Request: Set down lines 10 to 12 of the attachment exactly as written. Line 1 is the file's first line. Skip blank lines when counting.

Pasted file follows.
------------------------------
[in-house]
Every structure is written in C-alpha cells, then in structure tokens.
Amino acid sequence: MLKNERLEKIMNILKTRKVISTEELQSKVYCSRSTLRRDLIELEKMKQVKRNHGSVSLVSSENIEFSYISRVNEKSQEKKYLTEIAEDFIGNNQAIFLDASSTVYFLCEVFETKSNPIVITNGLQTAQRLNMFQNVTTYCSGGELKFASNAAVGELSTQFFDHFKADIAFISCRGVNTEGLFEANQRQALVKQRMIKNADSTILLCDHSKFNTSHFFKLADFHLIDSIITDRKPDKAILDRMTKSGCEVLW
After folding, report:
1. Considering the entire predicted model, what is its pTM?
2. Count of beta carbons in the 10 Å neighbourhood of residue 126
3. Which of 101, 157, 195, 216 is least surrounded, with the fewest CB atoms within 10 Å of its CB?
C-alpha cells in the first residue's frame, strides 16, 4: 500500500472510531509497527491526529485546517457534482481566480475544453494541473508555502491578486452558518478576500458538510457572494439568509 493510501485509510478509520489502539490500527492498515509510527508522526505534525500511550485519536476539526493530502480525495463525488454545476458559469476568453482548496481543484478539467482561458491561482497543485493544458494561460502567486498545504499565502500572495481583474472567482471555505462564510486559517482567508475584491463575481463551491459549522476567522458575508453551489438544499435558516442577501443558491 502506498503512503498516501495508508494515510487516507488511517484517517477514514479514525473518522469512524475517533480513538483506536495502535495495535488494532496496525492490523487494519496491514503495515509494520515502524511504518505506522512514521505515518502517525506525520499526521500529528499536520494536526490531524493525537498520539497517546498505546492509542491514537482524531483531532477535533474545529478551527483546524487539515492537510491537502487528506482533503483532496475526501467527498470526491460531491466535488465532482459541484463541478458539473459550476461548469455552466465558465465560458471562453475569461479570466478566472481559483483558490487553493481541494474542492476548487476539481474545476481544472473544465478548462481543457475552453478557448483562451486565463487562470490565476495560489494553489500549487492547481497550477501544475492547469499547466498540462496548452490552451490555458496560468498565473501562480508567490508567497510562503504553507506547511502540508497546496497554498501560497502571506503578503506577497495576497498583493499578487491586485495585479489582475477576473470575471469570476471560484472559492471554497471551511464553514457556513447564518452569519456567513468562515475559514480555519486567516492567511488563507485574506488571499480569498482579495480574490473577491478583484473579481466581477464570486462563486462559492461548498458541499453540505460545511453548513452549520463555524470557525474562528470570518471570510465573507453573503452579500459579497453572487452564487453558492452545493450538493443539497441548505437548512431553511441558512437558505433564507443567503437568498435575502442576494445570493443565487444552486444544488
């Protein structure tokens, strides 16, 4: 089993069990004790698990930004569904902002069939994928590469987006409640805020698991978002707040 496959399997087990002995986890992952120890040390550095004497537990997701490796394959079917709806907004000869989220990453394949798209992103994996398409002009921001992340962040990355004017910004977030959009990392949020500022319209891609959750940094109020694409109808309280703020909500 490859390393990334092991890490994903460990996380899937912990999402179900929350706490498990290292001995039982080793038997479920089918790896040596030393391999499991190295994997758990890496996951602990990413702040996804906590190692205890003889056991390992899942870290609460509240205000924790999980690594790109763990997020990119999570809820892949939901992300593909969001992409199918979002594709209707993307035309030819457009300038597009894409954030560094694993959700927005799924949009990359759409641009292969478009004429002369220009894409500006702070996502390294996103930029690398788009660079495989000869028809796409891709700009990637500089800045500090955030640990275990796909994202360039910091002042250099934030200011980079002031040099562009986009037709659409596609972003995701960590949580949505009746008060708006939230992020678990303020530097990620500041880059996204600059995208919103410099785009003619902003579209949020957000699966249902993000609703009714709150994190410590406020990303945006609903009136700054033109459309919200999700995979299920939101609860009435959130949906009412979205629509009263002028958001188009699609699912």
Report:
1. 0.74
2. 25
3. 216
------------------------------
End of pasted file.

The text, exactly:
Report:
1. 0.74
2. 25